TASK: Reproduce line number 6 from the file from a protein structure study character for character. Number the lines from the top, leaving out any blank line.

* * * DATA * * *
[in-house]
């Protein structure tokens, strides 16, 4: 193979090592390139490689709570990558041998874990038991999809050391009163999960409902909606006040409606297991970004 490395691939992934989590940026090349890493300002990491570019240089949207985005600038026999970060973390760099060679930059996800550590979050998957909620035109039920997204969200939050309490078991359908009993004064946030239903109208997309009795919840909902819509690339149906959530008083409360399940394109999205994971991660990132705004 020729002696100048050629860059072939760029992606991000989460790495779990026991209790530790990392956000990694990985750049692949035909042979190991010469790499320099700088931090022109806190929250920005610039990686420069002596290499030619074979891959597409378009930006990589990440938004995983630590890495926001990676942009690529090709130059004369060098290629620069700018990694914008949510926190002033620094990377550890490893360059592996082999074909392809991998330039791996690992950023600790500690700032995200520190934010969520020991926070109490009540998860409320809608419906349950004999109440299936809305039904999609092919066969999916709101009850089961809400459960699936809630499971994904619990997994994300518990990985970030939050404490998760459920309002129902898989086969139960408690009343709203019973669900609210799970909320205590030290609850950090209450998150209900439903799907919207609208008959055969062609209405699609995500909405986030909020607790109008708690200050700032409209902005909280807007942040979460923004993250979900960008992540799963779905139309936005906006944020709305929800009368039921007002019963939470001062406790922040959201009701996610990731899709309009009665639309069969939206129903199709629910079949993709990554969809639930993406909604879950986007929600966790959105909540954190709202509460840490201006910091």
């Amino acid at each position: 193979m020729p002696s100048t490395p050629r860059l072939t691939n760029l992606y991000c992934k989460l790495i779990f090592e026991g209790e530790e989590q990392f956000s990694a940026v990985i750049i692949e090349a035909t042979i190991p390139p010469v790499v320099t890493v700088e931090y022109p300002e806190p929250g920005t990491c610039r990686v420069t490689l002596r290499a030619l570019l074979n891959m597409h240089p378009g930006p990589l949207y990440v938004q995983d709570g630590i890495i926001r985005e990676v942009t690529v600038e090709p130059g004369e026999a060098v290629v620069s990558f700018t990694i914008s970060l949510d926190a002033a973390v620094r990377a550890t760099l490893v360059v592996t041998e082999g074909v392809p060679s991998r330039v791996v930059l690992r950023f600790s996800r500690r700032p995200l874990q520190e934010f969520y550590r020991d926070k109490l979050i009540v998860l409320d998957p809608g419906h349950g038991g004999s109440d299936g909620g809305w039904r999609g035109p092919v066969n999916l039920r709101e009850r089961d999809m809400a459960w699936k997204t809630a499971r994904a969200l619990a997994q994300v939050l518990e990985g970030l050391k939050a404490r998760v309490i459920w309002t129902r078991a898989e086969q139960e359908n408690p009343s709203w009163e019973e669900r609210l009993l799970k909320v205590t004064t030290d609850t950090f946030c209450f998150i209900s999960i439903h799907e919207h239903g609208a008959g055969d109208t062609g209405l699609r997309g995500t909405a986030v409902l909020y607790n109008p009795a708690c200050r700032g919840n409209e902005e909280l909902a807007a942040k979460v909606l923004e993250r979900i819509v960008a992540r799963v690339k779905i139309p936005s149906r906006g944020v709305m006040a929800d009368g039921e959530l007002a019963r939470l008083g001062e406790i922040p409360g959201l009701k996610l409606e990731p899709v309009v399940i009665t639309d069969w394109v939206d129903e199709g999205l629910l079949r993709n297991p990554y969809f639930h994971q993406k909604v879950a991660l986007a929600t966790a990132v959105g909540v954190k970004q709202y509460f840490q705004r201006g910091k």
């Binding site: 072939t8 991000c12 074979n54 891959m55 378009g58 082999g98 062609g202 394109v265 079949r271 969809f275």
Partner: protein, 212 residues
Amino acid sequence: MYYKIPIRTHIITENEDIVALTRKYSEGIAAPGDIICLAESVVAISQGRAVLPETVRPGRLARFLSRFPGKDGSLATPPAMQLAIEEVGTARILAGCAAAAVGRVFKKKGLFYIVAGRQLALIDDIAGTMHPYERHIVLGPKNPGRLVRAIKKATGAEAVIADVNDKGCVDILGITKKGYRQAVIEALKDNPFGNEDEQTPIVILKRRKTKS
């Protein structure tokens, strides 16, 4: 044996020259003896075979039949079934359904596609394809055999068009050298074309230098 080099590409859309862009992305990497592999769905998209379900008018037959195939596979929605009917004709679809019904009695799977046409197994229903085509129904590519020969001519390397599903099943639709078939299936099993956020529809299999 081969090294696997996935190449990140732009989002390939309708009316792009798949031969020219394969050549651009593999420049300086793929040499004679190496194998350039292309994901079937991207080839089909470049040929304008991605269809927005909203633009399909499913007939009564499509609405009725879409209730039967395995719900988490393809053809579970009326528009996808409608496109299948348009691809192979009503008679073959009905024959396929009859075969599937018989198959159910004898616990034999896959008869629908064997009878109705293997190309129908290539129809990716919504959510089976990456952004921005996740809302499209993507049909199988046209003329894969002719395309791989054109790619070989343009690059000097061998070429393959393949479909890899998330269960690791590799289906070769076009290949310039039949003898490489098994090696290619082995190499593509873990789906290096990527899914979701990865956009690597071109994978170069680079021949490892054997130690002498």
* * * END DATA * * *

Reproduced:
Amino acid sequence: MYYKIPIRTHIITENEDIVALTRKYSEGIAAPGDIICLAESVVAISQGRAVLPETVRPGRLARFLSRFPGKDGSLATPPAMQLAIEEVGTARILAGCAAAAVGRVFKKKGLFYIVAGRQLALIDDIAGTMHPYERHIVLGPKNPGRLVRAIKKATGAEAVIADVNDKGCVDILGITKKGYRQAVIEALKDNPFGNEDEQTPIVILKRRKTKS